Call it coworking, Japan style. People on the go will soon be able to find a quiet place to sit down and tap away on a laptop, thanks to phone booth-sized offices that will be popping up at train stations, airports and skyscraper lobbies.

An enclosure of just 1.2 square meters (13 sq. feet), the soundproof Telecube will have a seat, desk and power outlets.Mitsubishi Estate Co. plans to install 1,000 of the boxes by 2023. East Japan Railway Co. this month introduced its own mini workspaces, called Station Booths.

The companies are betting there will be enough demand for the mini workstations. Coffee shops in Tokyo are often full of workers toiling away on laptops. WeWork, which opened its first locations in Japan last year, also sees businesses and employees embracing more flexible working spaces in different locations that can be used only when needed.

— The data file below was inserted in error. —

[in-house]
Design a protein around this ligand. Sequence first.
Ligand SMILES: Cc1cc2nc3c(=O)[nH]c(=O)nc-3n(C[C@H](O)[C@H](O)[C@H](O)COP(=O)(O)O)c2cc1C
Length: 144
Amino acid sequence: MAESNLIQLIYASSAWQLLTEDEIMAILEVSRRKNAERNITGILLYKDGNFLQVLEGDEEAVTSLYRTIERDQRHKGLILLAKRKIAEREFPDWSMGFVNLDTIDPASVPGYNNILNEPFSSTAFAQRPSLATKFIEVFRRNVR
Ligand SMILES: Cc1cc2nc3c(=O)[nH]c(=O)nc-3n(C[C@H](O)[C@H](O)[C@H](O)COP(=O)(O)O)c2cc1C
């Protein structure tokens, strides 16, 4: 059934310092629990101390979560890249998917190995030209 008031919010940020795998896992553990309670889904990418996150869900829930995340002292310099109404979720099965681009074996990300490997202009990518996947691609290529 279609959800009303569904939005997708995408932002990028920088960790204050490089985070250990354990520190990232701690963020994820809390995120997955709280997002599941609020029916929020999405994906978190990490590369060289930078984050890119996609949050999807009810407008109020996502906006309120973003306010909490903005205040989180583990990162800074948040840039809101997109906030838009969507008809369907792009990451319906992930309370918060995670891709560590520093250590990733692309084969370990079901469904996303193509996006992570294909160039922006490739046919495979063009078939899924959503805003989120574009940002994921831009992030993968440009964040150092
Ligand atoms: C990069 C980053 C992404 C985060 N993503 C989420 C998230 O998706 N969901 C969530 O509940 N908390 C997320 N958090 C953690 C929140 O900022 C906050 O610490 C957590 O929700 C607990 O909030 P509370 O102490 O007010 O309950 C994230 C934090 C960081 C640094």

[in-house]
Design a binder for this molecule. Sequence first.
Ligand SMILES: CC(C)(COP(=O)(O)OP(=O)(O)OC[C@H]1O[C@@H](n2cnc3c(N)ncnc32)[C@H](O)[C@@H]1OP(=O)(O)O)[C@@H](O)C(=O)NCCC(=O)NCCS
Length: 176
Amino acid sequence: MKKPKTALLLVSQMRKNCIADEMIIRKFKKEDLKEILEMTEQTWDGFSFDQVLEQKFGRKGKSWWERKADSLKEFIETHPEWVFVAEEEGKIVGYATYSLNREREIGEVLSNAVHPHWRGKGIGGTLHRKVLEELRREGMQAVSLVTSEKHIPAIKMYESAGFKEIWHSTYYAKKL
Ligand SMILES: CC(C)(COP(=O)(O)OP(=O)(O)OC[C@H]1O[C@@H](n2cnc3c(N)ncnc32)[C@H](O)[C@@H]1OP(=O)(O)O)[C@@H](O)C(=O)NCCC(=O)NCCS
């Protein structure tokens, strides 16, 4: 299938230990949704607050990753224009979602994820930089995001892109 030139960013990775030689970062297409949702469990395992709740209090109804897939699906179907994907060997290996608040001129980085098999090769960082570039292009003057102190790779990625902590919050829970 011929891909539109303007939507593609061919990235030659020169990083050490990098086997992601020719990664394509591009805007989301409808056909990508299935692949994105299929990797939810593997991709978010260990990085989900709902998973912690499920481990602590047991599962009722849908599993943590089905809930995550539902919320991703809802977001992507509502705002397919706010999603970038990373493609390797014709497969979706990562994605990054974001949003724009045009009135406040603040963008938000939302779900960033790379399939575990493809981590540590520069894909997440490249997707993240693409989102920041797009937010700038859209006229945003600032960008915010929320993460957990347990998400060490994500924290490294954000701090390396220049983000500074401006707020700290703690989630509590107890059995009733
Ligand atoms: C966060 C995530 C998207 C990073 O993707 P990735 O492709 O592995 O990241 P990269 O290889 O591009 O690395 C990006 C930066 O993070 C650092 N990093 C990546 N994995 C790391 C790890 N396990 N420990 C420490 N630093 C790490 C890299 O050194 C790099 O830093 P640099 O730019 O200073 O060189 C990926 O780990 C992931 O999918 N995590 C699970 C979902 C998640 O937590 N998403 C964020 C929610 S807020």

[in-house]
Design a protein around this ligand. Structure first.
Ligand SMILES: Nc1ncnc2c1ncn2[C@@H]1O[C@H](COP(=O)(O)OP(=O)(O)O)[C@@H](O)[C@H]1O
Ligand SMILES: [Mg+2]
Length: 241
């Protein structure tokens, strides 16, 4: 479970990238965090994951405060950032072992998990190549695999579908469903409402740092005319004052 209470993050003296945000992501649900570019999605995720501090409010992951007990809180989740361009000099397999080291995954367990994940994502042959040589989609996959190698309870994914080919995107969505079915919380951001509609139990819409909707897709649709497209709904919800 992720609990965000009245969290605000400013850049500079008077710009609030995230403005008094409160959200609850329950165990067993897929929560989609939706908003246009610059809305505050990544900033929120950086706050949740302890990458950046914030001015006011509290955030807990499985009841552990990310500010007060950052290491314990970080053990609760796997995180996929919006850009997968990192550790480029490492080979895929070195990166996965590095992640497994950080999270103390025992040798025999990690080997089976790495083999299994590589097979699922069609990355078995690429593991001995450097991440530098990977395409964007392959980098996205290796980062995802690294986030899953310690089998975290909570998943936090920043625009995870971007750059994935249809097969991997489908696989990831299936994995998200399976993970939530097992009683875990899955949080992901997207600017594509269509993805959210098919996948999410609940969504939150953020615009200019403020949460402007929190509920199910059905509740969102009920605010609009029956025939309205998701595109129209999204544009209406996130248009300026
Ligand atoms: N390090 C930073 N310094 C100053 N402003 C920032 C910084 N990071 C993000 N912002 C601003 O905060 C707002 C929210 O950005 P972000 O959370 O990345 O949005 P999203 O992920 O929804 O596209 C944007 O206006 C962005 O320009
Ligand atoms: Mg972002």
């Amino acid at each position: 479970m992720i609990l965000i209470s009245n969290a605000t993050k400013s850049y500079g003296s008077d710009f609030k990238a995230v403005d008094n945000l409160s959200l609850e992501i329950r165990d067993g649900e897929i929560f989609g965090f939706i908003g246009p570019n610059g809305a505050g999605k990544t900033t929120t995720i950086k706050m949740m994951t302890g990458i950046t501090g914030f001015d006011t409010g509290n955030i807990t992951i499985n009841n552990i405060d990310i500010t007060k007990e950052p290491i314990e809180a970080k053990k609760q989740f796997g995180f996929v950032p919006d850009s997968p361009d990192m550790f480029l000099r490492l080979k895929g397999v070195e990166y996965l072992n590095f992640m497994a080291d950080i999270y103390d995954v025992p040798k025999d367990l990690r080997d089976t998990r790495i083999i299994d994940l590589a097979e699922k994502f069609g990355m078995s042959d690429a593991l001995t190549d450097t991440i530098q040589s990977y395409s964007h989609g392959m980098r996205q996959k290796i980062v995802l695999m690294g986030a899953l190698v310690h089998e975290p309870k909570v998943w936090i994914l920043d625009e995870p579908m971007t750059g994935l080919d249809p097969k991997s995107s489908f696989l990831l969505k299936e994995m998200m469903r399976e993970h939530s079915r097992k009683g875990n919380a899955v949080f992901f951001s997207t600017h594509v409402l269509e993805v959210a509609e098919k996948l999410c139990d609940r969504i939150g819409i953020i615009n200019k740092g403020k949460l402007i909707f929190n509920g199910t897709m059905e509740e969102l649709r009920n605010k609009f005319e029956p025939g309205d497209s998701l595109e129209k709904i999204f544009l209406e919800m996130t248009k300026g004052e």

“If you’re on the way back from a sales visit and happen to have 15 minutes of free time at a train station, you may want to access a quick workplace,” said Hiroyuki Mashita, Telecube’s chief executive officer.

Users will have to reserve the mini offices ahead of time, and unlock them using a QR code on smartphones. The booth costs 250 yen ($2.30) every 15 minutes, and corporate subscription plans charge a monthly rate for a fixed pool of hours.

The Japanese government is also encouraging workers to telecommute, in anticipation of congested transportation networks during the 2020 Tokyo Olympics, when 7.8 million spectators are forecast to visit, according to the organizing committee. Companies are also increasingly embracing telework, with 19% of businesses with more than 100 employees saying they are adopting more flexible working arrangements, up from 16% in 2008.